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Maclisp interpreter/compiler nearly identical w/ (declare (special t)) on??

    Date: Fri, 14 Sep 84 09:40:12 pdt
    From: fateman%ucbdali at Berkeley (Richard Fateman)

    ... If we look at Maclisp with (declare (special t)), is it not the
    case that (nearly) identical semantics are used for the interpreter
    and compiler, given CORRECT programs? ...

I'm afraid I take offense at this. Maclisp interpreted semantics are *very*
different than compiled semantics. Common Lisp is not completely there, but
puts its heart in the right place by at least acknowledging the problem.
Also, it has corrected at least some of the Maclisp problems. Here are a
few Maclisp interpreter/compiler differences that come to mind at the
moment to jar your memory; I'm sure this is not an exhaustive list:

* If you make a "correct" number declaration for X and Y, you may 
  risk that (PLUS X Y) which would run correctly interpreted will 
  be open coded as if (+ X Y) had been written. In PLUS case interpreted,
  however, overflow becomes a bignum while in the + case interpreted, 
  the result is undefined (wraparound or some such thing occurs undetected).

  I didn't see any obvious place in the CL manual where it says if 
  this is fixed.

* There are a bunch of control variables such as CAR, CDR, and EVAL 
  which are (necessarily) ignored by compiled code. They radically 
  affect the semantics of interpreted code by allowing the user to 
  extend the notion of what was "defined" without providing a mechanism 
  for informing the compiler of such extensions.

  There are no such variables in CL.

* The status of macros in the car of a form was not uniformly treated in
  interpreted and compiled form. In the form ((FOO BAR) ...), if FOO was a
  macro, the interpreter would cause the result of expanding (FOO BAR) to be
  evaluated before being applied, while the compiler would compile an apply
  to the result of expanding (FOO BAR) directly rather than compiling a call
  to the result of evaluating the expansion. Early Maclisp actually attempted
  to define this as reasonable behavior; I think it was eventually flushed
  and compiler warnings were issued in some cases saying to use FUNCALL.

  I could not determine where or whether the CL manual takes a stand on this
  issue.  It would be nice if it simply declared that forms other than
  ((LAMBDA ...) ...) whose cars are lists are explicitly undefined.

* Compiled macros, if redefined, have no effect on running programs.

  This is still true in CL. If interpreted CL definitions were ENCLOSE'd 
  (a la Scheme) at definition time, this could be fixed.

* Constant quoted expressions which were EQUAL will have been made EQ by the
  FASLOAD process. This fact has been heavily depended upon by Macsyma on 
  the pdp10 to avoid wasting huge amounts of space needlessly, and must be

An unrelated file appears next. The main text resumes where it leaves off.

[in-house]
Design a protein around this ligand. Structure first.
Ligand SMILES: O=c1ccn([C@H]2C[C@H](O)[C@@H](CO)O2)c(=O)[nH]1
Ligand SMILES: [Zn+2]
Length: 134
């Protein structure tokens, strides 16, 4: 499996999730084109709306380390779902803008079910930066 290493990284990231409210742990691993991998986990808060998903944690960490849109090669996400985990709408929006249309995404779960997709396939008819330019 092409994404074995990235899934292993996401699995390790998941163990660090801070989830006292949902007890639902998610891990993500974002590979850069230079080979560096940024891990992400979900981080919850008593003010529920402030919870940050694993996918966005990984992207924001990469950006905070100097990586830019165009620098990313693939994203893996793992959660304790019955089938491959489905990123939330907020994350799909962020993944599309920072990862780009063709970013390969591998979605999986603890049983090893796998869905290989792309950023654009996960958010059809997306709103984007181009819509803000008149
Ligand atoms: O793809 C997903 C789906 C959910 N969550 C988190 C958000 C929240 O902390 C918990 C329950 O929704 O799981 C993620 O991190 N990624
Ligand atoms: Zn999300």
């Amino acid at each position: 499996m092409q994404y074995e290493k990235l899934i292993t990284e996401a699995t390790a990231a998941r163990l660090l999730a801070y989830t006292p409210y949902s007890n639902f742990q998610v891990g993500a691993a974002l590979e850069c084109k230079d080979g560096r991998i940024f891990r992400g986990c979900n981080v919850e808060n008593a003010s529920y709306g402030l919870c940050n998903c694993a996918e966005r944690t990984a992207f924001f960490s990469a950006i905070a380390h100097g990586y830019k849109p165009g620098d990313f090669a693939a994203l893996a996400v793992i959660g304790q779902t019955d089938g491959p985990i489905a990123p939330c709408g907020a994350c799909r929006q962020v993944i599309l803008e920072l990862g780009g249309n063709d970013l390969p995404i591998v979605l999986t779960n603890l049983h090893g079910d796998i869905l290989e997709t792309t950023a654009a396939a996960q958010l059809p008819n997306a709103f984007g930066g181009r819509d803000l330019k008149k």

understood by all programs to avoid accidentally side-effecting constants
  which ought by right have no relation to each other.

  I guess this one is under active discussion.

* Function definitions for interpreted and compiled code differ.
  (FUNCALL (GET 'X 'EXPR)) runs the same interpreted and compiled, but
  (DEFPROP X (LAMBDA () 3) EXPR) runs differently compiled than interpreted.

  There is definitely an advance in CL by having simply a function cell and
  eliminating this nonsense about having 18 different places to store 
  functions. There's some question in my mind about whether macros belong 
  in the function cell, but this is at least treated uniformly from 
  interpreter to compiler.

* EVAL-WHEN does different things in an EVAL context than a COMPILE context.

  I can't imagine wanting to fix this given the current state of the world,
  although if, as I mentioned above, CL had an analog to Scheme ENCLOSE which
  was used at appropriate times in both interpreter and compiler, I could
  imagine changing the set of keys that EVAL-WHEN used (to not be EVAL and
  COMPILE, but instead something more abstract) so that they were uniformly
  treated in interpreted and compiled code.

* EVALFRAME works completely differently in compiled and interpreted contexts
  since call the compiler may optimize out intermediate call frames. Hence
  (LET ((THIS-FRAME (EVALFRAME ...))) ...) works fine compiled but must be 
  treated very carefully interpreted.

  This issue isn't addressed by CL, hence is sort of fixed.

* Number EQness of small numbers may not be preserved in compiled code, but
  is guaranteed in many cases in interpreted code. Technically, it was never
  guaranteed that this was so, but in practice, I (and probably others) wrote
  code that relied on the fact and achieved useful ends.

  The introduction of EQL in CL makes a positive stride in the right direction.
  I don't know if I consider this problem completely resolved.